Studying these cells could lead to new treatments for diseases ranging from gastrointestinal disease to diabetes.
Dr. Heidi B. Hammel, a principal research scientist in the Department of Earth, Atmospheric and Planetary Sciences, has received additional recognition for her work last July monitoring the collision of fragments from the comet Shoemaker-Levy 9 with the planet Jupiter.
Provost Mark S. Wrighton has selected her to receive a $3,000 research allowance given at his discretion in honor of the late Vladimir Karapetoff, a distinguished scientist, electrical engineer and musician. Funds for the award were contributed by his late wife, Rosalie M. (Cobb) Karapetoff, who received the SM degree from MIT in 1923.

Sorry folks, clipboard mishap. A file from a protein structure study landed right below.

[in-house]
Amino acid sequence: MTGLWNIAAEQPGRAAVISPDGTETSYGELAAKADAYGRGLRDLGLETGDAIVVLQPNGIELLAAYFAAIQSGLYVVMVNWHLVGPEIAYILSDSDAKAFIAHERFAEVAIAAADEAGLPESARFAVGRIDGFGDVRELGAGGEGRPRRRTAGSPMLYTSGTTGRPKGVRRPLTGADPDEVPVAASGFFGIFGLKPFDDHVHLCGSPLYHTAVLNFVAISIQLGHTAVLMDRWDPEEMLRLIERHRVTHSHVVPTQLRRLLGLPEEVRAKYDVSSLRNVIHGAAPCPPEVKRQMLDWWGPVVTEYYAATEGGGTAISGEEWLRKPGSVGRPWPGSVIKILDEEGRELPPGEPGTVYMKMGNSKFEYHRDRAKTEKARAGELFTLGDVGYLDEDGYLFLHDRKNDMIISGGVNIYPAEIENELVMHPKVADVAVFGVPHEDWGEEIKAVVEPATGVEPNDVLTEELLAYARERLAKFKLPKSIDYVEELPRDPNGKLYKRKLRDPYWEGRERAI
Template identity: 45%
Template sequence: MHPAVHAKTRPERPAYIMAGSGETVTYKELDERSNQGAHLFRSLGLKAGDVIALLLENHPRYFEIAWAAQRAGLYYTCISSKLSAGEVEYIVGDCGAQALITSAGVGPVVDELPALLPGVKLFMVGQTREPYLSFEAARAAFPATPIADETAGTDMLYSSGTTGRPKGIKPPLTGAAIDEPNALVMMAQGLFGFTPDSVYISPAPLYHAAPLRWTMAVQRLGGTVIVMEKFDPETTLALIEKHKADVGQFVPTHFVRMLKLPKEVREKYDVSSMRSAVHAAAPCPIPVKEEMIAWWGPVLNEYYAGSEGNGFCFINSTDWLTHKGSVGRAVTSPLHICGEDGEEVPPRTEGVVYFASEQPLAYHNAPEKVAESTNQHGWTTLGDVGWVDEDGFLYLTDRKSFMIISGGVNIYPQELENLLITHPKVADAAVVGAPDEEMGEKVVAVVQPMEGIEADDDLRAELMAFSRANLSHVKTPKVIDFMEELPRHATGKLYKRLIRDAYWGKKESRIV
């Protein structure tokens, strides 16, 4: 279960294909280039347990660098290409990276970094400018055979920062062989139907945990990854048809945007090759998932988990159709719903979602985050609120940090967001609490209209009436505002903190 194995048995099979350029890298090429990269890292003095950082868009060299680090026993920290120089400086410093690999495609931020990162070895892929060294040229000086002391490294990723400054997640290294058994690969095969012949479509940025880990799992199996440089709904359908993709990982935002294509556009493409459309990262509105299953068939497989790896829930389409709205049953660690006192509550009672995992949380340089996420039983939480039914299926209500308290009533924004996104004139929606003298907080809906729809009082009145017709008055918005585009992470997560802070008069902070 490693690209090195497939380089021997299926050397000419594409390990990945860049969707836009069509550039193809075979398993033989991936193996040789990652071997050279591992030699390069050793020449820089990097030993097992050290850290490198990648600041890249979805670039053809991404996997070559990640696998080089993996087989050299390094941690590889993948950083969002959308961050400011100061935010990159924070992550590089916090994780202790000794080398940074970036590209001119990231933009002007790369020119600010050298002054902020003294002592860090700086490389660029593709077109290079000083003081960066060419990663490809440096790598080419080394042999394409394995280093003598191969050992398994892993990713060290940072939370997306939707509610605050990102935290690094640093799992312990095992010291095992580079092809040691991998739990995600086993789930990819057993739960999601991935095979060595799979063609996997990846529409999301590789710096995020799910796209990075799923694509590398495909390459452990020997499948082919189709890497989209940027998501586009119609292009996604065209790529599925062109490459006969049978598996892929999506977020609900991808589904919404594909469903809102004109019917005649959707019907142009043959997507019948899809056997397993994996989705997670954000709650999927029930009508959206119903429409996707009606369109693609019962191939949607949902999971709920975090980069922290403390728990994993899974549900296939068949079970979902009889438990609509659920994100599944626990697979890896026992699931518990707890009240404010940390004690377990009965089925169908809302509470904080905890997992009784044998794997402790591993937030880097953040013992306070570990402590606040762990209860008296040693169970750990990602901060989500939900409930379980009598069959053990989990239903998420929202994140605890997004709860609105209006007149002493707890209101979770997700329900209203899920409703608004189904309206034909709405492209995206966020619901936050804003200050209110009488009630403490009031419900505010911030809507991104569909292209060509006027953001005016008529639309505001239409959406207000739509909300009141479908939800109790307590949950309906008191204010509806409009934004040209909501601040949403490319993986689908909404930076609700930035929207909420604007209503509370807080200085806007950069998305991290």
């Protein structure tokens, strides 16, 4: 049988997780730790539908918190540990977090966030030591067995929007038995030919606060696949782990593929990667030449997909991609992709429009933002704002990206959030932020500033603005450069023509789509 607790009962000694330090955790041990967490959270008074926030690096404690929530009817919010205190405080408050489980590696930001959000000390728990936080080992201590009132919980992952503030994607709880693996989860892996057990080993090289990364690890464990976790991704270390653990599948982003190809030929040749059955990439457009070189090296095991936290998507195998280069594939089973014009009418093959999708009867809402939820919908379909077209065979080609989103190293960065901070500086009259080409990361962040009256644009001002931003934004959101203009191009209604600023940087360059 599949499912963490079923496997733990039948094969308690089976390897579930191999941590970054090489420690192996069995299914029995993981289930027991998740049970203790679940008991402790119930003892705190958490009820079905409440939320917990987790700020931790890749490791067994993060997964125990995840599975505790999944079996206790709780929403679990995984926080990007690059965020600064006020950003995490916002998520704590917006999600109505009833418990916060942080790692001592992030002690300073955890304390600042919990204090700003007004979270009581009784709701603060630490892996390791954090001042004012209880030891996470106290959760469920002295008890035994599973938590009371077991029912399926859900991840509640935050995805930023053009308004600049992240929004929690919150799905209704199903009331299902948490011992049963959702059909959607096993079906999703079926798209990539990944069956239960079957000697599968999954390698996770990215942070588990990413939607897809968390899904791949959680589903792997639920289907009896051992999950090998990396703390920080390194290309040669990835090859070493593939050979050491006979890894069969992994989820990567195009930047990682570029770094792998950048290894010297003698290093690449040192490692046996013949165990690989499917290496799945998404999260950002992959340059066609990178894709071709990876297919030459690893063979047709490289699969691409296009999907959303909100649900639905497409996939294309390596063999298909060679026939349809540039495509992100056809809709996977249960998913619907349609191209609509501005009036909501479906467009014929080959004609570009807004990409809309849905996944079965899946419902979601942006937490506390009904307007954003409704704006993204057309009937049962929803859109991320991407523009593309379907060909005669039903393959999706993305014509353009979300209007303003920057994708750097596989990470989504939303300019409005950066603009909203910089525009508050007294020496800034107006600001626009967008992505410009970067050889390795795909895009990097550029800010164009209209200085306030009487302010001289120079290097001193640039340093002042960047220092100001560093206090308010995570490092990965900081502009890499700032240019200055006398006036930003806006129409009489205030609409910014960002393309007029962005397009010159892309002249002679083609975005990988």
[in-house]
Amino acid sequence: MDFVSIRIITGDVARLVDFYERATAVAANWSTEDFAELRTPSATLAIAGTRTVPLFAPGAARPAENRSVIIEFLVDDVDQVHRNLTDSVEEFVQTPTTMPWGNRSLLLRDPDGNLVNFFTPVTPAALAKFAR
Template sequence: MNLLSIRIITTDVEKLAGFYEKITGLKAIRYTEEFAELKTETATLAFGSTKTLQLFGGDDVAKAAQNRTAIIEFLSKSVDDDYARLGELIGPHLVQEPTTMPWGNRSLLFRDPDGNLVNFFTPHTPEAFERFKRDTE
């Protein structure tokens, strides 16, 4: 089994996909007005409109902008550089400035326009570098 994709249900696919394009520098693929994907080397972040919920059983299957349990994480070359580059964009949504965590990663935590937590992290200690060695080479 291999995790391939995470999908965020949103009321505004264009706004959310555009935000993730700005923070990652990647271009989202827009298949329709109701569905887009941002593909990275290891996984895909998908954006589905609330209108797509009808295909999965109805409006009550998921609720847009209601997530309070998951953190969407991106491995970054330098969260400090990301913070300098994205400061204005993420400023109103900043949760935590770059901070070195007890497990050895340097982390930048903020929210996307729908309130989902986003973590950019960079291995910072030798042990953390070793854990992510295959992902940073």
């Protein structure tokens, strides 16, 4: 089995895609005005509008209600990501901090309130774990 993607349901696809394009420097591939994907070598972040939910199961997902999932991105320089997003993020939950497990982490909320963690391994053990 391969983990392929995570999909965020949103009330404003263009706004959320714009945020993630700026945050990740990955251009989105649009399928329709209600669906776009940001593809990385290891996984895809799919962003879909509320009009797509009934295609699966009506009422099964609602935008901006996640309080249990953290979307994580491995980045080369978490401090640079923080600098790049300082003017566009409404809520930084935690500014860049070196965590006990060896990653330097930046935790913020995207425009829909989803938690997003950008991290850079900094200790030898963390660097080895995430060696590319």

The award honors individuals at MIT who have-by research, theorizing or teaching-made valuable discoveries for, or contribution to, the benefit of science and/or mankind.
As team leader for interpreting Hubble Space Telescope images of the comet-Jupiter collisions, observed at Johns Hopkins University's Space Telescopic Science Institute, Dr. Hammel gained widespread public attention for her enthusiastic descriptions of the effects of the collisions.
"I have judged your research to be a `most valuable discovery for the benefit of science,'" Professor Wrighton said. "You have also been selected for your generous work to disseminate your findings and to contribute to the education of the public."
A version of this article appeared in MIT Tech Talk on January 25, 1995.